Here comes the dichotomy. While Beijing promotes Buddhism’s humanitarian precepts, it takes repressive measures against Buddhist practitioners. For the third consecutive year, the authorities banned a major Tibetan prayer festival in Larung Gar, the largest Buddhist institute in Tibet, situated in Serthar County in the Garze Tibetan Autonomous Prefecture of Sichuan Province. The monastery had a population of 30,000 Buddhist nuns and monks before it was partially destroyed by the ‘authorities’ last year.
According to Radio Free Asia (RFA), a Chinese official announced that the Dechen Shingdrup festival would be banned this year. He cited Chinese ‘religious affairs management laws’. Further, outsiders should not be invited to Larung Gar. A source told RFA’s Tibetan Service: “The notice advised village leaders and Chinese Communist Party committee members to inform the public that they would not be allowed to enter the village for any religious events. …In past years, when it was allowed, the festival lasted for a whole week.” Human Rights Watch  published a new report on the ‘Four Standards Policy’ recently introduced in the Tibetan Autonomous Region (TAR). The ‘standards’ are competence in Buddhist studies, political reliability, moral integrity capable of impressing the public and willingness to play an active role at critical moments. In other words, be good Communist Buddhists.
Sophie Richardson, China director at Human Rights Watch, commented: “Chinese authorities have always placed heavy constraints on religious freedom, especially in Tibetan and other minority regions, compelling Tibetan monks and nuns to be propagandists for the Communist Party takes Government intrusion in religion to abhorrent new levels.”
The new policy is a continuation of the 2005 Regulations on Religious Affairs but with more oppressive clauses. On October 25, the Global Times said that the TAR Government was encouraging Tibetan monks and nuns “to learn about the laws, a move experts hailed as using education to raise local people’s legal awareness.”
Tibet’s Department of Justice announced that “professional working teams organised by the regional department of justice taught the monks about legislation and law enforcement in the region. …Teams are composed of prestigious monks, legal professionals and officials that were dispatched to temples.” Xiong Kunxin, a professor at Tibet University in Lhasa, summarised the issue: Legal education on law enforcement was weak in Tibet “because some Buddhist practitioners consider themselves as people beyond judicial reach.”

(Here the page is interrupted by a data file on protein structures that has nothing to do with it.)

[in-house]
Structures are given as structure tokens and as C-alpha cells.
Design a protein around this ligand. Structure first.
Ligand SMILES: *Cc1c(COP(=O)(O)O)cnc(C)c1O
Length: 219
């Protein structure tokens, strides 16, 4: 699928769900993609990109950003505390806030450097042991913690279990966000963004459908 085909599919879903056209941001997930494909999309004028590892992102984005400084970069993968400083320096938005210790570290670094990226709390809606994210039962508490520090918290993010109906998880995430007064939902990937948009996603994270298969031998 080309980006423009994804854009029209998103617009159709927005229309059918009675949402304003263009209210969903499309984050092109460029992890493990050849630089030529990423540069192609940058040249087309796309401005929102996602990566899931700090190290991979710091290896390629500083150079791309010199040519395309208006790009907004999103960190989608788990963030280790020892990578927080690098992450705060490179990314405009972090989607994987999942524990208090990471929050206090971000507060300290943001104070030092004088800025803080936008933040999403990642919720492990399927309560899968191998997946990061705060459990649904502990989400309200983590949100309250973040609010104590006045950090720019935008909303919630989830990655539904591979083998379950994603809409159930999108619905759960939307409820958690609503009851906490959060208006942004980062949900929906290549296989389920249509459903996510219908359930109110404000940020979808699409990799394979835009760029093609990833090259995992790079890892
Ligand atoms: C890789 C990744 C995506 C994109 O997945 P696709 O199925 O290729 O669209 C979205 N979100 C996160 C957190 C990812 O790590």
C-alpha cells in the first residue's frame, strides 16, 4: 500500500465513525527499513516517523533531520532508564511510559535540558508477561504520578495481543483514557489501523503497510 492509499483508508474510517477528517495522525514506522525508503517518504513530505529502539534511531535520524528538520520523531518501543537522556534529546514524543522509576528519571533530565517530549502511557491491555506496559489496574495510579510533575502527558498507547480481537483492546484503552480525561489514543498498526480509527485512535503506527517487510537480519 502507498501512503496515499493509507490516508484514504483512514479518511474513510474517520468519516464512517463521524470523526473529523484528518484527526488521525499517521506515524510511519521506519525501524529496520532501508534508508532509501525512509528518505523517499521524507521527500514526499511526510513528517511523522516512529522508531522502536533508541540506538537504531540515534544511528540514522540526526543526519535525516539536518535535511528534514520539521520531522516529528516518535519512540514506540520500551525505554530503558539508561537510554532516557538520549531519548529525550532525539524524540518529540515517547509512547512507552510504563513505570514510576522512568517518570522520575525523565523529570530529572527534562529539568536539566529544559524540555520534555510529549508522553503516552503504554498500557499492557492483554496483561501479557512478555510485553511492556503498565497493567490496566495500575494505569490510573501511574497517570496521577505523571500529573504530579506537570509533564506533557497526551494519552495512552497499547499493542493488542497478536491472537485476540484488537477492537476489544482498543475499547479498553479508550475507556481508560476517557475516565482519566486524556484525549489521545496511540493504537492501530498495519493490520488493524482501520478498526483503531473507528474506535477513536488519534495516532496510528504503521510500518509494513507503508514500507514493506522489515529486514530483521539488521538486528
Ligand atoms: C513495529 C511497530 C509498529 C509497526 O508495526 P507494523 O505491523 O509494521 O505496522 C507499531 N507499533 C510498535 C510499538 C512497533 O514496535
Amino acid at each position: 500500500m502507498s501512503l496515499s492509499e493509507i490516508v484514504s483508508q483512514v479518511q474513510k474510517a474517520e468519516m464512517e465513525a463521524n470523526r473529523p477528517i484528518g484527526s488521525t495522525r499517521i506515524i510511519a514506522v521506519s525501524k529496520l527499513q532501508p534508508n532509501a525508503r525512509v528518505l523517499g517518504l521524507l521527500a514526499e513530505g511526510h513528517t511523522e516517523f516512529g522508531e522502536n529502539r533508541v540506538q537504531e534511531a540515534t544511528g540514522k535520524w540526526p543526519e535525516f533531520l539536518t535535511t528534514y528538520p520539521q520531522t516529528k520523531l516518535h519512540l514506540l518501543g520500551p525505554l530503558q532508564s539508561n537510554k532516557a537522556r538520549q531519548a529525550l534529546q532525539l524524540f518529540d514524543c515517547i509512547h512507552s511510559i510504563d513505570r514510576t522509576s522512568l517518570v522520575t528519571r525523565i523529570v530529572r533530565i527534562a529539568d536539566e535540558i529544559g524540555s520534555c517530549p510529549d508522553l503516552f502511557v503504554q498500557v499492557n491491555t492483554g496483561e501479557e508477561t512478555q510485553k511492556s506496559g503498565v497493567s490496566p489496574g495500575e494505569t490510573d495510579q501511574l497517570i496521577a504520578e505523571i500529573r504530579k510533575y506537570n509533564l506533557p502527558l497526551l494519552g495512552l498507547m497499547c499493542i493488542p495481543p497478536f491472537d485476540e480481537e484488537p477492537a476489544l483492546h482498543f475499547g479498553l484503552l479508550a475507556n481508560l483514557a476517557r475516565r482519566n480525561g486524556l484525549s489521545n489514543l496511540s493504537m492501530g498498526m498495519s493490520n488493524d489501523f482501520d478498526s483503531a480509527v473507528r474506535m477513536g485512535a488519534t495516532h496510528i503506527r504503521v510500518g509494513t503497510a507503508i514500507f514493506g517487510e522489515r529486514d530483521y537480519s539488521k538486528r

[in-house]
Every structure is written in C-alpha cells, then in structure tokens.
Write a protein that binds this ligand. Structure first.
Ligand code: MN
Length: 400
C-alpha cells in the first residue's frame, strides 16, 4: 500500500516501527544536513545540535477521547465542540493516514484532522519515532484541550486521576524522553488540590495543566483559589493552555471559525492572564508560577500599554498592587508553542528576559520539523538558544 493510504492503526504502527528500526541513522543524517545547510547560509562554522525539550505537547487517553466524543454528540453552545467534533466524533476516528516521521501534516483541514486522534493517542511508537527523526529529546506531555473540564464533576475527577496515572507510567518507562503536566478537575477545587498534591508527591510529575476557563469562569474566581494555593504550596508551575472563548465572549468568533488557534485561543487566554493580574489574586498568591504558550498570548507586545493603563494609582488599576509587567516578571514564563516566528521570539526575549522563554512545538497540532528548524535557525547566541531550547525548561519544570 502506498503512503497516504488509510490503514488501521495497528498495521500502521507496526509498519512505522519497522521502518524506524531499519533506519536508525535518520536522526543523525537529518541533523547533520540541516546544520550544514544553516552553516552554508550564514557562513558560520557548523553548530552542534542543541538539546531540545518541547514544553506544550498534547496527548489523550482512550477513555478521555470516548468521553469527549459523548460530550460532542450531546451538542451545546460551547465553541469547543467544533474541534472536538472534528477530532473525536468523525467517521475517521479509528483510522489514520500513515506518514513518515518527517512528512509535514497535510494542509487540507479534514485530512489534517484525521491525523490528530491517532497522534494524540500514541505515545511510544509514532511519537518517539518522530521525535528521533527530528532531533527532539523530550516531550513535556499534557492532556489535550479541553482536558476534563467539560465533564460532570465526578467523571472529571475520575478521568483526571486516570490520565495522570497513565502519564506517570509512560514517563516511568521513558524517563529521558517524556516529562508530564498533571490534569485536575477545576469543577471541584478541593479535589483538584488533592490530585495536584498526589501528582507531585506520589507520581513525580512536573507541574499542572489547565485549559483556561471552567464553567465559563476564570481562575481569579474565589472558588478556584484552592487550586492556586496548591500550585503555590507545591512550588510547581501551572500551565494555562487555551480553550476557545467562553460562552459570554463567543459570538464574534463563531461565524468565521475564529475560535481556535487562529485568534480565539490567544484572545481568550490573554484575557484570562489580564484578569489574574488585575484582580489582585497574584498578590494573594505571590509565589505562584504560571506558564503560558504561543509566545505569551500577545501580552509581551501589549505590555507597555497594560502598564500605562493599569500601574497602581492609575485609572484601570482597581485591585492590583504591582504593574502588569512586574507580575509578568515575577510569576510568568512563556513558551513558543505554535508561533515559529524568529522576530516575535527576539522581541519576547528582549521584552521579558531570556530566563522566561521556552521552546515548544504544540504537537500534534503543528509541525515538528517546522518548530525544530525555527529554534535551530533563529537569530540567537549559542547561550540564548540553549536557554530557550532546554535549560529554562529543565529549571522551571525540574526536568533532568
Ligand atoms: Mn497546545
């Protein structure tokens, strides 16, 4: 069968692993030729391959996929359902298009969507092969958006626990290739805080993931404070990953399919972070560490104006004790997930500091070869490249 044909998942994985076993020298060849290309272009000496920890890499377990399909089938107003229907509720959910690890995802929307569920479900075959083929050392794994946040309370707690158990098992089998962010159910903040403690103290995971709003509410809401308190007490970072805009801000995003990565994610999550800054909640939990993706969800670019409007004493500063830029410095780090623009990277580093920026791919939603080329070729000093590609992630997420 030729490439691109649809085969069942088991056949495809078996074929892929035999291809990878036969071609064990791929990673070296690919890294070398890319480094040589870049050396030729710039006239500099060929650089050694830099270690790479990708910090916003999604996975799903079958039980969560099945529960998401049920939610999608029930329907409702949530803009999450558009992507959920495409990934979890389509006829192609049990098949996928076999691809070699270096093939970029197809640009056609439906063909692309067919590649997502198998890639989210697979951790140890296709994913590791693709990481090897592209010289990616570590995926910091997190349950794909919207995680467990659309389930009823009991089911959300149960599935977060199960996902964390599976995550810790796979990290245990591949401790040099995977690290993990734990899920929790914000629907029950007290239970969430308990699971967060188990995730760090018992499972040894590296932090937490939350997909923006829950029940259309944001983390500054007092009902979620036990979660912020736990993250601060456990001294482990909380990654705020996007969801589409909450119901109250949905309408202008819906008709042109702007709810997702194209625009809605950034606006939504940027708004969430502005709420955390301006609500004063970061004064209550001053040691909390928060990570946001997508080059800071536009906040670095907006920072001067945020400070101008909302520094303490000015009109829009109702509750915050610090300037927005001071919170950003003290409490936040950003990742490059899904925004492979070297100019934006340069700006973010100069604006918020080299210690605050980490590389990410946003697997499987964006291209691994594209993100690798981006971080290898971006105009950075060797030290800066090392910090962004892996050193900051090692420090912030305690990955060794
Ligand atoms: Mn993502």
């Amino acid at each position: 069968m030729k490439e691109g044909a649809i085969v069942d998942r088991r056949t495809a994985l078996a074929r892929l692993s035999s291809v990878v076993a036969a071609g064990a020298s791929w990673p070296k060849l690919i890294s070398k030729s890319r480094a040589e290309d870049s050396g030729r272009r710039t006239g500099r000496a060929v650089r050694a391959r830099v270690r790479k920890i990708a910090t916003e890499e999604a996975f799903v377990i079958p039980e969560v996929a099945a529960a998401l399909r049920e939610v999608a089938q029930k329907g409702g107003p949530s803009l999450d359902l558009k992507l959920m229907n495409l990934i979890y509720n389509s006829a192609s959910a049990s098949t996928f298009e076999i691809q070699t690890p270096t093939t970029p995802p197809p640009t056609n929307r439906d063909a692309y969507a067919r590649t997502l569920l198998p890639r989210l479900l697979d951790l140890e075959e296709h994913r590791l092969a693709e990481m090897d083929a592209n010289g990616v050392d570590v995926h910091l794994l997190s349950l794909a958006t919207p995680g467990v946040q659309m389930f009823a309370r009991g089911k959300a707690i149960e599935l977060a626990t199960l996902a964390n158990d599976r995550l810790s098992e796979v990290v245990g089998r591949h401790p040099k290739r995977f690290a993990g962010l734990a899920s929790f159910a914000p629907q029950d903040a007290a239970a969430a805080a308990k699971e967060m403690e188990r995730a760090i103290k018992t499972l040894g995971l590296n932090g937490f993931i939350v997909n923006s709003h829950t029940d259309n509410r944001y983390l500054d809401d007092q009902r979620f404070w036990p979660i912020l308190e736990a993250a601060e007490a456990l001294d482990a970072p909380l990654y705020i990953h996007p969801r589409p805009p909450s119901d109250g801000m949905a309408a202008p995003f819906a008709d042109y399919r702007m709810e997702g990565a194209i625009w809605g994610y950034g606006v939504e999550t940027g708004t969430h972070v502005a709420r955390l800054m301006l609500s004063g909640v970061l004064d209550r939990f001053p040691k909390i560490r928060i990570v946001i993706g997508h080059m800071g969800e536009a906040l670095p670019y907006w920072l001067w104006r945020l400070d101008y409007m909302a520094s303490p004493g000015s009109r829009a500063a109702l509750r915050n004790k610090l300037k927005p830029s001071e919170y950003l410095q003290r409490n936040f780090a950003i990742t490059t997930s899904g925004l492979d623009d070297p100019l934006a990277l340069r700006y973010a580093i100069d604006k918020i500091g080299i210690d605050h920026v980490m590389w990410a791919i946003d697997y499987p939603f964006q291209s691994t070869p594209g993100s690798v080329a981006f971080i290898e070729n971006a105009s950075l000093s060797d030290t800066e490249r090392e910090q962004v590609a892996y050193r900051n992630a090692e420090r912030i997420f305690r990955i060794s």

Already in August, when Wang Yang, the CPPCC Chairman and a member of the Politburo’s Standing Committee, visited the Sera monastery near Lhasa, he mentioned the new theme of Xi Jinping’s religious campaign, “Sinicisation of the religions in China.” Wang said that more efforts should be made to integrate Tibetan Buddhism into China’s socialist society; he asked the monks “to firmly uphold the leadership of the CPC, inherit and promote patriotism and be courageous to battle all separatist elements, in order to further protect the national reunification, ethnic unity and social stability.”
Though China is keen to become the world leader in promotion of Buddhism, it will never happen because of the gap between the Marxist theory and the repression on the ground, which are incompatible.

Sunday, November 11, 2018

How old CIA reports reveal that China has been repressing Muslims since the 1950s

The Communists 'advising' the Uyghurs in the 1950s
My article How old CIA reports reveal that China has been repressing Muslims since the 1950s appeared in Mail Today/DailyO